# Show that there does not exist positive integers $r,s$ such that $r[a]=s[b]$

Consider group $\Bbb Z_{pq}$. Consider the sets $\{[p],[2p],\cdots ,[(q-1)p]$ and $\{[q],[2q],\cdots ,[(p-1)q]$.

Show that there does not exist positive integers $r,s$ such that $r[a]=s[b]$ where $[a]\in \{[p],[2p],\cdots ,[(q-1)p]\}$ and $[b]\in \{[q],[2q],\cdots ,[(p-1)q]\}$.

Since $[a]\in \{[p],[2p],\cdots ,[(q-1)p]\}$ we have $[a]=[lp]$ where $1\le l\le q-1$ and $[b]=[kq]$ where $1\le k\le p-1$.

Assume that there exist positive integers $r,s$ such that $r[a]=s[b]\implies [rlp]=[skq]$

But I don't understand how to get a contradiction from above?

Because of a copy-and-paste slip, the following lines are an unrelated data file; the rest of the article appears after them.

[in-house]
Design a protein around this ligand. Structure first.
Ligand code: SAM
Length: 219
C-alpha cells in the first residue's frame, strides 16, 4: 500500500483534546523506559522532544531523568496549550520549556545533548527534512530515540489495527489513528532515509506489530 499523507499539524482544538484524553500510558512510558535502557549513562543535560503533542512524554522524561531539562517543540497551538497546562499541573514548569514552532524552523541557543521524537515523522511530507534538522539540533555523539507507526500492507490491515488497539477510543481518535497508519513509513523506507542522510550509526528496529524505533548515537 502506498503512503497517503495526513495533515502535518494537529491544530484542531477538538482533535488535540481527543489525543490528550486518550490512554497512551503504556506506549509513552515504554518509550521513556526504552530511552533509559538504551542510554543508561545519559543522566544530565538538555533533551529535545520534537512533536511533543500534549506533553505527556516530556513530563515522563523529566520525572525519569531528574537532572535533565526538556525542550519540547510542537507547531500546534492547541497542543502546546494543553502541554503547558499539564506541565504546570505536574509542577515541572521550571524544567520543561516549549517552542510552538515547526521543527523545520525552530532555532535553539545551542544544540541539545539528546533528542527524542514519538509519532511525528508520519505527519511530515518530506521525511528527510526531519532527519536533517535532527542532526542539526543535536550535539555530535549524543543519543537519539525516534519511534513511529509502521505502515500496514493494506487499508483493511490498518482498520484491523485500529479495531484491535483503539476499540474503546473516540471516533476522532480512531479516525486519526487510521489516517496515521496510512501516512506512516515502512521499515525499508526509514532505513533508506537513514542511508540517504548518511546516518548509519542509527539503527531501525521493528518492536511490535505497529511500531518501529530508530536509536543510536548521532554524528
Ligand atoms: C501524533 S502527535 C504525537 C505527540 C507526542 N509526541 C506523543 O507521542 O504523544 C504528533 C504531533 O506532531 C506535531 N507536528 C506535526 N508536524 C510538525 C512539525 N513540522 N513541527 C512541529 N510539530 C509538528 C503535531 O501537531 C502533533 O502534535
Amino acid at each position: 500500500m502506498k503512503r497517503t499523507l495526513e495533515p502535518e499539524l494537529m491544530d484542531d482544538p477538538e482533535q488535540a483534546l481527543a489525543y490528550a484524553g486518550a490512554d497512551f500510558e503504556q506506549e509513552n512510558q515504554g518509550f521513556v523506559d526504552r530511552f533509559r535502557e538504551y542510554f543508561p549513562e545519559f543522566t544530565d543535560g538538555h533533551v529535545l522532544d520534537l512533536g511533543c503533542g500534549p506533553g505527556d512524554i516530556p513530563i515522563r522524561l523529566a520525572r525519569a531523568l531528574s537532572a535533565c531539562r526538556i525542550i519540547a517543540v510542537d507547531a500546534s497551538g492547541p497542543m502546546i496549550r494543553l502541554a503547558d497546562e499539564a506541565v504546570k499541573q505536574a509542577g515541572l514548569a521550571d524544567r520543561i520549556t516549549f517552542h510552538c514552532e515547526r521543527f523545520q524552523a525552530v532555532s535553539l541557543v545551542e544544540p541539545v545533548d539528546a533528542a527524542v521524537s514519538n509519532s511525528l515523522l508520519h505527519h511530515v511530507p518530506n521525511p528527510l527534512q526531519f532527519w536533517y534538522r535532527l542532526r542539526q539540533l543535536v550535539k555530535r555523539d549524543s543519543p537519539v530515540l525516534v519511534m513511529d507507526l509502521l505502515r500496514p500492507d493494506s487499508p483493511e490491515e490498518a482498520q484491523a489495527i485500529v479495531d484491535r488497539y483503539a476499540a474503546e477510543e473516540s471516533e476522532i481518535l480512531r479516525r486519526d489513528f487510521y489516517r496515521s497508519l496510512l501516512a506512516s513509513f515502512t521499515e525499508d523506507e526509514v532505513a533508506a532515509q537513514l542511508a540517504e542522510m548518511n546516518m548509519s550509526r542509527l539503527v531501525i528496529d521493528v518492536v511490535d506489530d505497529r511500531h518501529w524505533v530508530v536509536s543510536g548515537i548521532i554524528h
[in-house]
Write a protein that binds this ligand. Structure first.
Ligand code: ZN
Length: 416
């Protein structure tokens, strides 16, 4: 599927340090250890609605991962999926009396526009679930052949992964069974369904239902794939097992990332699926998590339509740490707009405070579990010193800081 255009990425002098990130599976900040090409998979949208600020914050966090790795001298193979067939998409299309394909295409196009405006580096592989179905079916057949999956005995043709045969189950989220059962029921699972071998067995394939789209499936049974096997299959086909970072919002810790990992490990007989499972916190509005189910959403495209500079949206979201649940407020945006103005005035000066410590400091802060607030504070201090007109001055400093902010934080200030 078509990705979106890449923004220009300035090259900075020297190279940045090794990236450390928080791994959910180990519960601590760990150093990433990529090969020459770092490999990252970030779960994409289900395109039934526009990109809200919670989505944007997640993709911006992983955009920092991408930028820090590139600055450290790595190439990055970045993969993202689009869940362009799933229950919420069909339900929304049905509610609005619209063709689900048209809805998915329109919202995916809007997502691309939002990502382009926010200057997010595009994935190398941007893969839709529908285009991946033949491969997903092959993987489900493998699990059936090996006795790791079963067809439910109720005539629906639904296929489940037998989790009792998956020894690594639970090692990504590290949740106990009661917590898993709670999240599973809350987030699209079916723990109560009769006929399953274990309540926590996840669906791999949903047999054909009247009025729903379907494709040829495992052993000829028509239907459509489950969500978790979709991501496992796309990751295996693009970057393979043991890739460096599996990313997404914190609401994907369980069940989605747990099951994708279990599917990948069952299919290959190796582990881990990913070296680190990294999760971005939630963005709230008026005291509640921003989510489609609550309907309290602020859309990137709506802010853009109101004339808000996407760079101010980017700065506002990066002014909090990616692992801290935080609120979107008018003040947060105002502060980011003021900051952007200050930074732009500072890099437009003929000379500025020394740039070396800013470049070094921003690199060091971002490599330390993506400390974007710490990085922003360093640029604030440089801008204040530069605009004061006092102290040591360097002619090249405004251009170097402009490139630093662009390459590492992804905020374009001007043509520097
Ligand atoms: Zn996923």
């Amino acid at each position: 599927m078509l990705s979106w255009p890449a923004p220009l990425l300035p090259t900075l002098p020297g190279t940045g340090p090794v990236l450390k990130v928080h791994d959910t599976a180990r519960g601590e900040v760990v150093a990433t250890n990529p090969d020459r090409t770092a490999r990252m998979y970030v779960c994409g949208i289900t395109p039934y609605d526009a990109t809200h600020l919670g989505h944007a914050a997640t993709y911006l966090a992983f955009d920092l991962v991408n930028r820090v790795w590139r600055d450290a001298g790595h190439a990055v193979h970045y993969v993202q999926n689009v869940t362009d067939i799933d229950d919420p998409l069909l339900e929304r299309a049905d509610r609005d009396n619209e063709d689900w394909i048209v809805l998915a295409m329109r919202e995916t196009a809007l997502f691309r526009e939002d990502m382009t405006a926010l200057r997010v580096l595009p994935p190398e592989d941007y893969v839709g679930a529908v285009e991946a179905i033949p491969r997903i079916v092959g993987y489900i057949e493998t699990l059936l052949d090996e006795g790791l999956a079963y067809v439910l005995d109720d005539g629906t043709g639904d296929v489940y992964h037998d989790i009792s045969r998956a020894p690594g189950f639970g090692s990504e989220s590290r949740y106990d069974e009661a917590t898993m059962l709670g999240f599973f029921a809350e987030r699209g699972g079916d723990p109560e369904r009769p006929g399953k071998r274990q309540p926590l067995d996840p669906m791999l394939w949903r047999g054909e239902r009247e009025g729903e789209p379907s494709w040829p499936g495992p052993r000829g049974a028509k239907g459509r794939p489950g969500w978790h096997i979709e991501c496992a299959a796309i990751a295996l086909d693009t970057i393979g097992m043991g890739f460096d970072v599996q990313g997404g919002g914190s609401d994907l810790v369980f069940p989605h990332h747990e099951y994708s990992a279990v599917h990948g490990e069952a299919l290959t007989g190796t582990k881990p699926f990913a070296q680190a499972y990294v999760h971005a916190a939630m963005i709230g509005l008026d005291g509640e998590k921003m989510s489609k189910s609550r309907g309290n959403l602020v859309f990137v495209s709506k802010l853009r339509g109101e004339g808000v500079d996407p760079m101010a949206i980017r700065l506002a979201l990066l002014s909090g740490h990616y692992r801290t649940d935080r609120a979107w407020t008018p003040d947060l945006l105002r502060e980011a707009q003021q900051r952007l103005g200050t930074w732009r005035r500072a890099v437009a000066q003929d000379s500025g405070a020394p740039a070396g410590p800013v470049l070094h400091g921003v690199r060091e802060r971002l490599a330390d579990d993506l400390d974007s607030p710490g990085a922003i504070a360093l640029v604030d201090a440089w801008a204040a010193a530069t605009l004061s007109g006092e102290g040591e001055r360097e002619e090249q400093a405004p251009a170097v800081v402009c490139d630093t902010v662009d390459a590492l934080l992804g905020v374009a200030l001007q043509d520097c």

From $[rlp]=[skq]$, we get that $rlp-skq \equiv 0 \pmod{pq}$. Said differently, we have $rlp-skq=pqt$. This means $skq \equiv 0 \pmod{p}$. Assuming $p \neq q$, we get $s \equiv 0 \pmod{p}$ (because $1 \leq k <p$), likewise $r \equiv 0 \pmod{q}$. But then both $r[a]$ and $s[b]$ are the zero class $[0]_{pq}$.
Note: The way you have stated the question, we can have $r=q$ and $s=p$, in which case there does exist positive integers which will satisfy the given statement. However if we are looking for positive integers in the sense of modulo $pq$, then what I have stated above proves your statement.